When this 16-year old kid got his first million after 2 years in his business, we know that in this generation and probably in the next one, there will be more young millionaires. Of course, this is not unprecedented. Mark Zuckerberg, founder of Facebook, launched his website in 2004, when he was just a sophomore student at Harvard. After some years, he has become one of the youngest billionaires around the world. I can't help but think of Malcolm Gladwell's book Outliers whenever I read about these stories. In that book, he said:
Am I just rationalizing through Gladwell's theory these people's success that in my humble opinion, if the Filipino people are born in such an environment, with more access to these things and with a government that supports ICT as an integral, if not fundamental, aspect of education, maybe, just maybe, the young millionaires will sprout across the Pearl of the Orient?
"[T] he biggest misconception about success is that we do it solely on our smarts, ambition, hustle and hard work."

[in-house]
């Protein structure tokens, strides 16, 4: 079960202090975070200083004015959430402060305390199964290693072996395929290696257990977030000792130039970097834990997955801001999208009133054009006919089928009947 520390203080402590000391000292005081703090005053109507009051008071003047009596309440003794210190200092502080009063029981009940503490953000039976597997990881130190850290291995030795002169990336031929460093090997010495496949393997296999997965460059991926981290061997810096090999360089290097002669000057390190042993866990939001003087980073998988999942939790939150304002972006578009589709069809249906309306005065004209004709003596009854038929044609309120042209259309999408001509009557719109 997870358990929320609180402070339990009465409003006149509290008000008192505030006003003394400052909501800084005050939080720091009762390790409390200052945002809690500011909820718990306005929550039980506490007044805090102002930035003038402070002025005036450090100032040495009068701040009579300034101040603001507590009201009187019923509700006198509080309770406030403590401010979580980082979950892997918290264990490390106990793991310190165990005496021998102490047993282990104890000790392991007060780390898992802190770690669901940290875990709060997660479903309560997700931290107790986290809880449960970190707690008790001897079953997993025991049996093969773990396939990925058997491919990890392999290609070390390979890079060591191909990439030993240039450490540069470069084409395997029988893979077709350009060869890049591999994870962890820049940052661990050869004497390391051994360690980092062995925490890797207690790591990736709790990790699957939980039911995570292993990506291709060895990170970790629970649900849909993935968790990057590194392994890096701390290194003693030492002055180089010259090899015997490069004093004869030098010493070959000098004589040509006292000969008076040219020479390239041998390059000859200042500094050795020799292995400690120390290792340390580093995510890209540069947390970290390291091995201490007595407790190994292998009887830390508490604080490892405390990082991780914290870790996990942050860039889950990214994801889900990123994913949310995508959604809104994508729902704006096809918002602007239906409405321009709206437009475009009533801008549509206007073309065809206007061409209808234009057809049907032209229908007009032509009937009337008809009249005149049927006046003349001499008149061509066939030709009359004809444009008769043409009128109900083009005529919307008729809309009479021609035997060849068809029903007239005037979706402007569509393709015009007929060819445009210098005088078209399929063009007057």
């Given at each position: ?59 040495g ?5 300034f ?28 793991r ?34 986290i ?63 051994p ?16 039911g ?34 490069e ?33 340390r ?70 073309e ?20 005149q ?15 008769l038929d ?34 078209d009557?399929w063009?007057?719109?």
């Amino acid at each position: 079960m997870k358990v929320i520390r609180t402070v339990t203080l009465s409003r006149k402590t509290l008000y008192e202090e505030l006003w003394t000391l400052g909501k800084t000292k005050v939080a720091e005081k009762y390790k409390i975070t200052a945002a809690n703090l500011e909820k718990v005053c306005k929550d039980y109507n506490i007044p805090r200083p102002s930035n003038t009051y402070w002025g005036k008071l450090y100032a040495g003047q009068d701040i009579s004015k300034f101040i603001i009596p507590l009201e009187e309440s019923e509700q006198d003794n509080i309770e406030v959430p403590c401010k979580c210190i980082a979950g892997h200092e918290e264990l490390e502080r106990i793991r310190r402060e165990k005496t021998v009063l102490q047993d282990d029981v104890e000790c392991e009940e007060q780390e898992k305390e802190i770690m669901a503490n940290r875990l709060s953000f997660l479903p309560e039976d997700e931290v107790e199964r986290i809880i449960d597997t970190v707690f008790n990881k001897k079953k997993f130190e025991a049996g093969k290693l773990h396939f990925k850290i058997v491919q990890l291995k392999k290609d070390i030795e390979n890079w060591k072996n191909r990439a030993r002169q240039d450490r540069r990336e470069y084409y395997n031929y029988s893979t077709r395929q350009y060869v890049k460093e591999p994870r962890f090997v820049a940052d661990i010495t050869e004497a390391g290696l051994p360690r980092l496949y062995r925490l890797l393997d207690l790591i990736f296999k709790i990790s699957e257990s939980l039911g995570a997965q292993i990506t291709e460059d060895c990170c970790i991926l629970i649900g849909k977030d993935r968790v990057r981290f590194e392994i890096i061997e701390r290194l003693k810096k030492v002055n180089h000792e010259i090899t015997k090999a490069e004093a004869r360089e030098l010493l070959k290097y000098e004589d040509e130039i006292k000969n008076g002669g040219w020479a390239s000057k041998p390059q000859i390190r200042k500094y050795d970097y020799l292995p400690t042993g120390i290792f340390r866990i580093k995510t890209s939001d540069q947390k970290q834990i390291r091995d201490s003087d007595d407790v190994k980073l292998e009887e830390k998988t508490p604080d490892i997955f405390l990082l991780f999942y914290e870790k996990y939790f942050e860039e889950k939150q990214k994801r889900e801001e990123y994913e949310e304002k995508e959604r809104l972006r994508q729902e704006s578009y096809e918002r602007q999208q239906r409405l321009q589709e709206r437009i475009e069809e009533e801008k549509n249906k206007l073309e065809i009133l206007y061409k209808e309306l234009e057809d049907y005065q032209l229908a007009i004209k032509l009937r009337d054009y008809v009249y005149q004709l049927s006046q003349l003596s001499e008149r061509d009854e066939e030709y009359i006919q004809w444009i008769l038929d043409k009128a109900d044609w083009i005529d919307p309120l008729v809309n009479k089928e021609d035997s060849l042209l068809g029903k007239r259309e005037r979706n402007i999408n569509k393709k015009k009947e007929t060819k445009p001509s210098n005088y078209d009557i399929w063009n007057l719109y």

In Outliers, he hopes to show that there are a lot more variables involved in an individual's success than society cares to admit, and he wants people to "move away from the notion that everything that happens to a person is up to that person".
It just makes me restless and frustrated to see our country so behind in ICT and its integration in education and governance. I believe, given the same opportunities, our kids can do equally well in making their millions. These days, it is quite clear where the money is going. In my humble opinion, access to ICT resources and opportunities will largely determine who will be the next big thing in Forbes Magazine. And that next person may just be 9 years old making apps for your Smartphones.
(for September 10)